Praslin is a great base for day or half-day trips to several other islands, all of which can be booked through almost any Praslin hotel, with tour operators, or direct with boat owners. Aride, Cousin and Cousine are key to conservation efforts in the Seychelles, being extraordinary refuges for rare land birds and breeding grounds for thousands of seabirds. Further on, visit Curieuse to see the remains of a leper colony and a tortoise sanctuary, or the Sisters and Ile Cocos for the most incredible snorkelling.
To see the nearest thing to what the Seychelles looked like before humans arrived, head for Aride Island Nature Reserve. This is the most northerly of the Seychelles’ granitic islands. Its size and relative isolation mean that a full-day trip is required, but this also means fewer people compared to other island trips, and more time to savour the beauty of the place, take photos, swim, snorkel (an amazing 450 fish species have been recorded), explore or relax.
Aride has more seabirds of more species than the other 40 granite islands of the Seychelles added together. Unlike most islands, it’s not dominated by coconuts, and plants include the beautiful fragrant shrub Wright’s gardenia, found naturally nowhere else on earth.
The island is owned by the Royal Society of Wildlife Trusts of UK and leased and managed by local NGO, the Island Conservation Society. The Aride Island Conservation Centre features exhibits on the history and natural history of the island. There are a few things to buy and their sale helps fund some of the longest continuous scientific monitoring programmes undertaken in the Seychelles.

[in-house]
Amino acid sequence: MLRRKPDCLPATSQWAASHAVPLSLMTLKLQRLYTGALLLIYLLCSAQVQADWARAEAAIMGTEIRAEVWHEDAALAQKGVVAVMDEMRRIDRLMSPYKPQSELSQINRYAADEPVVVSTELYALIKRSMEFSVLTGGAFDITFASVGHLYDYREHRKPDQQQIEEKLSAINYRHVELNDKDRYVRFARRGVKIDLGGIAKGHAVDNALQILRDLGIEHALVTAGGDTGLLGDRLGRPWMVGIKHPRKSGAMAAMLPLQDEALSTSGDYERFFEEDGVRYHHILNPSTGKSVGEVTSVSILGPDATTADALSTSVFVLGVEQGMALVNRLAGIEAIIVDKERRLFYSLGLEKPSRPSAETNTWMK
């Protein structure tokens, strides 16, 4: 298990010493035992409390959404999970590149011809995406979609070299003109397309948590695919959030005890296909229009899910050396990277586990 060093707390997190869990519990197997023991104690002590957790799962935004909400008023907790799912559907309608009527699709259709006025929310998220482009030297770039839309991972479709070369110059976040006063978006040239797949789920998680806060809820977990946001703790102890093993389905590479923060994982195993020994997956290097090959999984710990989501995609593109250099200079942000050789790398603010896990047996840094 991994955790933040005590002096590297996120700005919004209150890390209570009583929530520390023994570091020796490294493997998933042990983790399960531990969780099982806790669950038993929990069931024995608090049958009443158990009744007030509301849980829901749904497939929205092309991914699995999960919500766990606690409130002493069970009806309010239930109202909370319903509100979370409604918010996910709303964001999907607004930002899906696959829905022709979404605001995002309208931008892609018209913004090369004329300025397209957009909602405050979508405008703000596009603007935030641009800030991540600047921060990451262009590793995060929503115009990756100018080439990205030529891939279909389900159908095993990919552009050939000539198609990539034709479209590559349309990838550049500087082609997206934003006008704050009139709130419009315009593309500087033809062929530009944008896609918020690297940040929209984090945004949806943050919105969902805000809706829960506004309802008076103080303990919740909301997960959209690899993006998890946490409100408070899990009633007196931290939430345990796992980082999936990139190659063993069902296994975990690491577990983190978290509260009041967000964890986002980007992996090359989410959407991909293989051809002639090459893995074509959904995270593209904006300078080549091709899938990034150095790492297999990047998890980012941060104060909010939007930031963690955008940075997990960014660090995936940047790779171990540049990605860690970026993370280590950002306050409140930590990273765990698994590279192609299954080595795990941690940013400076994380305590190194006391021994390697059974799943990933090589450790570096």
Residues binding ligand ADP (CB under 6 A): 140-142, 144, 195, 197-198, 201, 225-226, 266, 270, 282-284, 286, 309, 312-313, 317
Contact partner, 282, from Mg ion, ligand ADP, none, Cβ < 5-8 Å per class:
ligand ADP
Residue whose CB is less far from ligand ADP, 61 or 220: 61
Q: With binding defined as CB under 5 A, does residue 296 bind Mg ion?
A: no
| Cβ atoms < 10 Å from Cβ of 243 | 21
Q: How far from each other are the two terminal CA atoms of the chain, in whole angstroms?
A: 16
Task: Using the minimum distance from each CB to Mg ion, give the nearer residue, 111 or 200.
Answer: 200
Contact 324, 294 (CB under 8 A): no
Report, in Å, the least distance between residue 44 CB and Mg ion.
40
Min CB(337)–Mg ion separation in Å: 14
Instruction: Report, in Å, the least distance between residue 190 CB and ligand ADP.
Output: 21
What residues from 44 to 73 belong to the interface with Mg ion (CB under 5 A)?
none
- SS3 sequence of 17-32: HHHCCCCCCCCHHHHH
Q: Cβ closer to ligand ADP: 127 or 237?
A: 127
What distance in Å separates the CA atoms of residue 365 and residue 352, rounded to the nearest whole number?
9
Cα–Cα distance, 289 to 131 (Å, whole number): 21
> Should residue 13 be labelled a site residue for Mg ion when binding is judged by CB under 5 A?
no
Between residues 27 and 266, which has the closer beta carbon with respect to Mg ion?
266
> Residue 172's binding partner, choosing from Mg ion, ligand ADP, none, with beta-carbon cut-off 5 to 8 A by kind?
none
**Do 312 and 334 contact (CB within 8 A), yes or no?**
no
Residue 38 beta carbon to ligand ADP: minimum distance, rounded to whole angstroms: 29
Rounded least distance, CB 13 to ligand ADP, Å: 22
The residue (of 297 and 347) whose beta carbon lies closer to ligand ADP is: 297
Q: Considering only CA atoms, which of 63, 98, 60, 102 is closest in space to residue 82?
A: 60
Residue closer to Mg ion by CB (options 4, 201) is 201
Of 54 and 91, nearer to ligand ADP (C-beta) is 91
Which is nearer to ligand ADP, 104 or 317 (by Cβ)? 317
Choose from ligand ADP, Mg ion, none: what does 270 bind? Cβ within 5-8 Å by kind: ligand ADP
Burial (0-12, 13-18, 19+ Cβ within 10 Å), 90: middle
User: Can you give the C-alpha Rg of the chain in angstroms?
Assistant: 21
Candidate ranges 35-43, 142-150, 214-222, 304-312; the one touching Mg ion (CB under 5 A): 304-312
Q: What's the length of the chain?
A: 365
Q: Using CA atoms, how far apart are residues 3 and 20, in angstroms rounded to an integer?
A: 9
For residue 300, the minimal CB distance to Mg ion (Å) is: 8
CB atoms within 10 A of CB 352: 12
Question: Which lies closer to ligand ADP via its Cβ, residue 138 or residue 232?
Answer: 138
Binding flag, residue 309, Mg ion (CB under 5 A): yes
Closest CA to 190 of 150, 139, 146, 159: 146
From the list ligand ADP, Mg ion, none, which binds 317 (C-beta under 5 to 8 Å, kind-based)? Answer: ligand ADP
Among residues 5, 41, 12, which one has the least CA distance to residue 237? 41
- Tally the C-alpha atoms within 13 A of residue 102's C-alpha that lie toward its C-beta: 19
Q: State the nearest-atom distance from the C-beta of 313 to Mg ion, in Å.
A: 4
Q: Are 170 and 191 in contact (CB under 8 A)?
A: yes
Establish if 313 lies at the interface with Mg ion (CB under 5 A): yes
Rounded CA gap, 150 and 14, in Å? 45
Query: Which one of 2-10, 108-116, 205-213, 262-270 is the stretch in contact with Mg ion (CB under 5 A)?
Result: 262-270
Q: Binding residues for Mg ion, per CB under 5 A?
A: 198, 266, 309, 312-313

A nature trail leads through a small plantation area where the warden and staff grow a few crops. The rest of the island is given over to nature. The walk along the plateau is easy. It then turns uphill and, while not too steep, can be hot work on humid days, but fear not, the effort is worth it. The view from the northern cliffs at the climax of the trail is properly stunning. There’s no comparable cliff-top view in the Seychelles, and nowhere else is it possible to look down upon thousands of roosting frigate birds, and glimpse the elusive red-tailed tropicbird. While in the turquoise waters below, you may be able to clearly see rays, turtles and dolphins.
The island of Cousin is only 2km from Praslin and fairly sheltered, with a beach surrounding most of the island, so landing is generally possible all year round. Cousin Island Nature Reserve is owned by BirdLife International and managed by Nature Seychelles. It’s a smaller, gentler version of Aride, without the huge number of frigate birds but with the same land birds and many of the seabird species. It’s also largely returned to its natural state since its purchase as a reserve in 1968.
You come to Cousin to see the wildlife, so entry is quite controlled. Visitors cannot land themselves – this must be done by disembarking into the island’s small boats. A small armada of boats from Praslin moors offshore and waits for the island’s boats to come out to collect and ferry visitors ashore, who then assemble at the boat shelter. This process can take an hour or so, depending on the number of people to be landed and your place in the queue. The gathered ensemble is then split into English- or French-speaking groups for guided tours around the island. The tour lasts about 2 hours.